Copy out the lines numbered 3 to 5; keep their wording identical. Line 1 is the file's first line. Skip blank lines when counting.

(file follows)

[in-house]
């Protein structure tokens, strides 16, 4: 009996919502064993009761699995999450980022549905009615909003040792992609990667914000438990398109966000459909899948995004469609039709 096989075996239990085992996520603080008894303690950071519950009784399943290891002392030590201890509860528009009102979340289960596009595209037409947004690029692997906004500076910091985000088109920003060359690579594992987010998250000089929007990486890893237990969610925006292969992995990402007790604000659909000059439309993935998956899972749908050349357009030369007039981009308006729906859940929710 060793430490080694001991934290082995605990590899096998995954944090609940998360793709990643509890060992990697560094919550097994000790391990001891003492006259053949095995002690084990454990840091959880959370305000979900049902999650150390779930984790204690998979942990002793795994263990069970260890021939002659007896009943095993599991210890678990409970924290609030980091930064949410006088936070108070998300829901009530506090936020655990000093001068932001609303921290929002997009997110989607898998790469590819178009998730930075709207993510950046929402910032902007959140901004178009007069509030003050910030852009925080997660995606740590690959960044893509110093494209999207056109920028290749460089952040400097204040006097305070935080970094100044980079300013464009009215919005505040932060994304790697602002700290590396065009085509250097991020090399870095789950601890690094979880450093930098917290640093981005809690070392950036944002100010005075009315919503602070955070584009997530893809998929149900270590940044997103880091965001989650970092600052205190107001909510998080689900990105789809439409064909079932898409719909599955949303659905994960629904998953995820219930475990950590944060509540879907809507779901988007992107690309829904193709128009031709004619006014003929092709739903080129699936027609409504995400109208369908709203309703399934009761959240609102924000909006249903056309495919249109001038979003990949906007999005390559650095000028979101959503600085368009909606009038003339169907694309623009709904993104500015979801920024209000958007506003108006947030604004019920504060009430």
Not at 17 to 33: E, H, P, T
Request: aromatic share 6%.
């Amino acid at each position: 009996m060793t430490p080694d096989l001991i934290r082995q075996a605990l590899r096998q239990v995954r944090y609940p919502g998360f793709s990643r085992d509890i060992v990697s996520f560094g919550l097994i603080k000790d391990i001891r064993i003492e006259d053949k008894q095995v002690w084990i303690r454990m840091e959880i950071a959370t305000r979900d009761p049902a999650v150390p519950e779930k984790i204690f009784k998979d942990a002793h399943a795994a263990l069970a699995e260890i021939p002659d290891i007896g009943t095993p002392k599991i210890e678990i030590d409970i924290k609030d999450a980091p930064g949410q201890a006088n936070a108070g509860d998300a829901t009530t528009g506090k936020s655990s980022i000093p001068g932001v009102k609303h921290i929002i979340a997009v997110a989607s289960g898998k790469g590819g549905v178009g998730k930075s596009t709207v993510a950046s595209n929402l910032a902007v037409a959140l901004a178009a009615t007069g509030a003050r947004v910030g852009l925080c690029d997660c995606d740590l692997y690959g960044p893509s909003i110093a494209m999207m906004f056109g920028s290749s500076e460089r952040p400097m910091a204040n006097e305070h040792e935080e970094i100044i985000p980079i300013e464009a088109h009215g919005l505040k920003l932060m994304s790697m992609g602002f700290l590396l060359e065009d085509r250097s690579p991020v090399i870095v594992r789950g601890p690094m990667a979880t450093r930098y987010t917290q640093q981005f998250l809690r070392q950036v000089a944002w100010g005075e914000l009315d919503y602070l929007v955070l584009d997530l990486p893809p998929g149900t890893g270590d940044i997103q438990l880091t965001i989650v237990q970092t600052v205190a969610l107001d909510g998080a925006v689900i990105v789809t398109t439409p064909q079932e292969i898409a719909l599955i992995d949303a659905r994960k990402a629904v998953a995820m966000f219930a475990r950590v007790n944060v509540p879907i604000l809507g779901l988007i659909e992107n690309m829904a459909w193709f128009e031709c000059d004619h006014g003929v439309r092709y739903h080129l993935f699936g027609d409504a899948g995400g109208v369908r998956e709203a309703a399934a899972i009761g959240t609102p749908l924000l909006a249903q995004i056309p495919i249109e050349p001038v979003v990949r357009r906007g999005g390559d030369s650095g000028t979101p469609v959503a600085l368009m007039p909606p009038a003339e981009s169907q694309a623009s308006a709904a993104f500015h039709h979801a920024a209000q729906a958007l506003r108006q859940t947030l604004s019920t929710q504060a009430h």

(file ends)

Not at 17 to 33: E, H, P, T
Request: aromatic share 6%.
């Amino acid at each position: 009996m060793t430490p080694d096989l001991i934290r082995q075996a605990l590899r096998q239990v995954r944090y609940p919502g998360f793709s990643r085992d509890i060992v990697s996520f560094g919550l097994i603080k000790d391990i001891r064993i003492e006259d053949k008894q095995v002690w084990i303690r454990m840091e959880i950071a959370t305000r979900d009761p049902a999650v150390p519950e779930k984790i204690f009784k998979d942990a002793h399943a795994a263990l069970a699995e260890i021939p002659d290891i007896g009943t095993p002392k599991i210890e678990i030590d409970i924290k609030d999450a980091p930064g949410q201890a006088n936070a108070g509860d998300a829901t009530t528009g506090k936020s655990s980022i000093p001068g932001v009102k609303h921290i929002i979340a997009v997110a989607s289960g898998k790469g590819g549905v178009g998730k930075s596009t709207v993510a950046s595209n929402l910032a902007v037409a959140l901004a178009a009615t007069g509030a003050r947004v910030g852009l925080c690029d997660c995606d740590l692997y690959g960044p893509s909003i110093a494209m999207m906004f056109g920028s290749s500076e460089r952040p400097m910091a204040n006097e305070h040792e935080e970094i100044i985000p980079i300013e464009a088109h009215g919005l505040k920003l932060m994304s790697m992609g602002f700290l590396l060359e065009d085509r250097s690579p991020v090399i870095v594992r789950g601890p690094m990667a979880t450093r930098y987010t917290q640093q981005f998250l809690r070392q950036v000089a944002w100010g005075e914000l009315d919503y602070l929007v955070l584009d997530l990486p893809p998929g149900t890893g270590d940044i997103q438990l880091t965001i989650v237990q970092t600052v205190a969610l107001d909510g998080a925006v689900i990105v789809t398109t439409p064909q079932e292969i898409a719909l599955i992995d949303a659905r994960k990402a629904v998953a995820m966000f219930a475990r950590v007790n944060v509540p879907i604000l809507g779901l988007i659909e992107n690309m829904a459909w193709f128009e031709c000059d004619h006014g003929v439309r092709y739903h080129l993935f699936g027609d409504a899948g995400g109208v369908r998956e709203a309703a399934a899972i009761g959240t609102p749908l924000l909006a249903q995004i056309p495919i249109e050349p001038v979003v990949r357009r906007g999005g390559d030369s650095g000028t979101p469609v959503a600085l368009m007039p909606p009038a003339e981009s169907q694309a623009s308006a709904a993104f500015h039709h979801a920024a209000q729906a958007l506003r108006q859940t947030l604004s019920t929710q504060a009430h």